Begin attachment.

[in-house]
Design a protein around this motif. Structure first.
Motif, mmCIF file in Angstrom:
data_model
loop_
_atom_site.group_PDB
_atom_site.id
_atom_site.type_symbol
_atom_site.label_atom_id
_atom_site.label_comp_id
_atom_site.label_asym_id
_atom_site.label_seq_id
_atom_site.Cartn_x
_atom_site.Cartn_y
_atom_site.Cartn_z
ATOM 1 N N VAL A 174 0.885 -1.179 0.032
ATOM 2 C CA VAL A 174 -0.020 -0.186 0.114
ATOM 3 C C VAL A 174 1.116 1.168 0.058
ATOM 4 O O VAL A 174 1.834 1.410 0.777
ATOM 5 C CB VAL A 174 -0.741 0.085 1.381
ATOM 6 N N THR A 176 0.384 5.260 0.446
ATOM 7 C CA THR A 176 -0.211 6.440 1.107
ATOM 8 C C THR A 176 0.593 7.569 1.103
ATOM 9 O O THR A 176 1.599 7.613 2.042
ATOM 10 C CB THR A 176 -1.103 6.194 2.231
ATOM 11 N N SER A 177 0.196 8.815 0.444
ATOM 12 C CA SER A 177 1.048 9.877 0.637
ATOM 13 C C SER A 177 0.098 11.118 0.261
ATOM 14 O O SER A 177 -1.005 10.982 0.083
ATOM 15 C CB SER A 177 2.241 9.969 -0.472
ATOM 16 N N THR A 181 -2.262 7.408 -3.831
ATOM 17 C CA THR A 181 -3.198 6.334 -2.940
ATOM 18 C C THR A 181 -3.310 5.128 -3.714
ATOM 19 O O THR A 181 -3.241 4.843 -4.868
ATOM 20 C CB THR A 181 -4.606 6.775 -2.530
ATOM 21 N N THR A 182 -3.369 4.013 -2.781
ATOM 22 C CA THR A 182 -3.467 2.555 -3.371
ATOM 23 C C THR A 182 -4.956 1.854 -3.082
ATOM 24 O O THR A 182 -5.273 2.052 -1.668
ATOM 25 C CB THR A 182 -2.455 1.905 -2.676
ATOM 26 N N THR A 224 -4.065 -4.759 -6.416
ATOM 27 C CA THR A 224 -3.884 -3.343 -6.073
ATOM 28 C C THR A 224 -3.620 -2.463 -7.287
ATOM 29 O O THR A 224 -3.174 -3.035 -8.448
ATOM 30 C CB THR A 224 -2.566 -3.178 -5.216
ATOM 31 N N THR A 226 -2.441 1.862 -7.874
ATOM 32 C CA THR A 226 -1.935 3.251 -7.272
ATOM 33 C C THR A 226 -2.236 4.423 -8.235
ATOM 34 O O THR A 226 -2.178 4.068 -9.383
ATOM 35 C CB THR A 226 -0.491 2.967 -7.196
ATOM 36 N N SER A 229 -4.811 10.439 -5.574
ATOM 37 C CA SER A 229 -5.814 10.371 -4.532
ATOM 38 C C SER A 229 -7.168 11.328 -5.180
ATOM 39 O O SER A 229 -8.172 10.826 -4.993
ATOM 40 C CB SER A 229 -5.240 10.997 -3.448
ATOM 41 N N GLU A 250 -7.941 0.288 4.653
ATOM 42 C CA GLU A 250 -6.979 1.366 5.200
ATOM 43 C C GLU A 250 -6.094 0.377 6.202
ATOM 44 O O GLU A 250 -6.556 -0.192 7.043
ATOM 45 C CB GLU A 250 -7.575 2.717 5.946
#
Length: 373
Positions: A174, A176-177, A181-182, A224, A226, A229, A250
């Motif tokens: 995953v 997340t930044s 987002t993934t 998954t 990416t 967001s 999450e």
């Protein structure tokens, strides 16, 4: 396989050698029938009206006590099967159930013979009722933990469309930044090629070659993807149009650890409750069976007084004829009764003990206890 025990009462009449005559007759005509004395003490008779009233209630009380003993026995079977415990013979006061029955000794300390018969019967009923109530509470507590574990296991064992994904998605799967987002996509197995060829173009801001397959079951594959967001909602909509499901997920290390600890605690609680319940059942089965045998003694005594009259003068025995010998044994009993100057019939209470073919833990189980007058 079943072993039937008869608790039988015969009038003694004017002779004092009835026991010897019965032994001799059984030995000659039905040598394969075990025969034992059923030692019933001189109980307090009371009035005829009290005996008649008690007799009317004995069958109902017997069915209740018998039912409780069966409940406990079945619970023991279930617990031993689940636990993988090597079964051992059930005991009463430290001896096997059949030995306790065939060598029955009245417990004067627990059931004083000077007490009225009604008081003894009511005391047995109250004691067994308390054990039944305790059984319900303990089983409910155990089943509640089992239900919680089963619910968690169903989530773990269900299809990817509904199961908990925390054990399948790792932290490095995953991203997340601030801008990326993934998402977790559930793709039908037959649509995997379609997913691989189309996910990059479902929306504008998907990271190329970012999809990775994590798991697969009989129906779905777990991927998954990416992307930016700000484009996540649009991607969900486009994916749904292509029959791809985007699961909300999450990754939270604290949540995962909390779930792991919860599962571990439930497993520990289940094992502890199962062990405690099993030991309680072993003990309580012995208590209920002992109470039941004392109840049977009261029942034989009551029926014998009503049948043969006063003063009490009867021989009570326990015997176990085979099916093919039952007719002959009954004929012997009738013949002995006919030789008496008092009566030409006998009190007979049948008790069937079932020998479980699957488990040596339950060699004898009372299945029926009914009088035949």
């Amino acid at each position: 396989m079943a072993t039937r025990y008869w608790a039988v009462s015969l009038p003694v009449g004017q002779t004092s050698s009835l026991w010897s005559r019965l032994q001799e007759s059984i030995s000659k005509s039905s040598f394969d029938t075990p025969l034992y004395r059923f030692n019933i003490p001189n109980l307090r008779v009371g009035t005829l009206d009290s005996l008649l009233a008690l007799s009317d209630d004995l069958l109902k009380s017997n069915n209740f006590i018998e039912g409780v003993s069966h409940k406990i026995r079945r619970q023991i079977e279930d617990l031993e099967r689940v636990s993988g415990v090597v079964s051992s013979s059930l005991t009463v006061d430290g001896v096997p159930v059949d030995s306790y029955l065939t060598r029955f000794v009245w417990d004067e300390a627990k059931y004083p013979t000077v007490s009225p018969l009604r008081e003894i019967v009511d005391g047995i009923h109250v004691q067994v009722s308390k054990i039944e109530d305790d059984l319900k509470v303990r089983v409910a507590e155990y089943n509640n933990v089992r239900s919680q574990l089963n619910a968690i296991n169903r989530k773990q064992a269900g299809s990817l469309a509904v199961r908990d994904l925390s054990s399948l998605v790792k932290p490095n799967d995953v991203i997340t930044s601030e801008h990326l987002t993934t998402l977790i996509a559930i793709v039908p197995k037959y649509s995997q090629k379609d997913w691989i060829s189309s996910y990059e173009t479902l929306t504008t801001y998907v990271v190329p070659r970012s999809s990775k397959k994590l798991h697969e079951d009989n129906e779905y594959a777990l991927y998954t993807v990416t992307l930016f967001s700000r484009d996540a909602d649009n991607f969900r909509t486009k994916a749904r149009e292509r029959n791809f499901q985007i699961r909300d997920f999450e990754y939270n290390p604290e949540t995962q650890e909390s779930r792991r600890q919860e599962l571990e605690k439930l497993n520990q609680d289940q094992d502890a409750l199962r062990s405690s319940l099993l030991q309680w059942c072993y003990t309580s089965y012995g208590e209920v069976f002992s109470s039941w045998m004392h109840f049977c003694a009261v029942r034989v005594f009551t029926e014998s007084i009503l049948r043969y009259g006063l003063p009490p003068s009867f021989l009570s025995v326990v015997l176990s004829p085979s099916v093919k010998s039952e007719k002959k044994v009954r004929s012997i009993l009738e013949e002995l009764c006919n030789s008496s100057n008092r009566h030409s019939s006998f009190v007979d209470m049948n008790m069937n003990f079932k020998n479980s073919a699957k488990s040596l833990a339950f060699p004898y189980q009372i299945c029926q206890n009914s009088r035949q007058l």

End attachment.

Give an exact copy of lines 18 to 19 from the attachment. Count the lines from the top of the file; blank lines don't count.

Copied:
ATOM 3 C C VAL A 174 1.116 1.168 0.058
ATOM 4 O O VAL A 174 1.834 1.410 0.777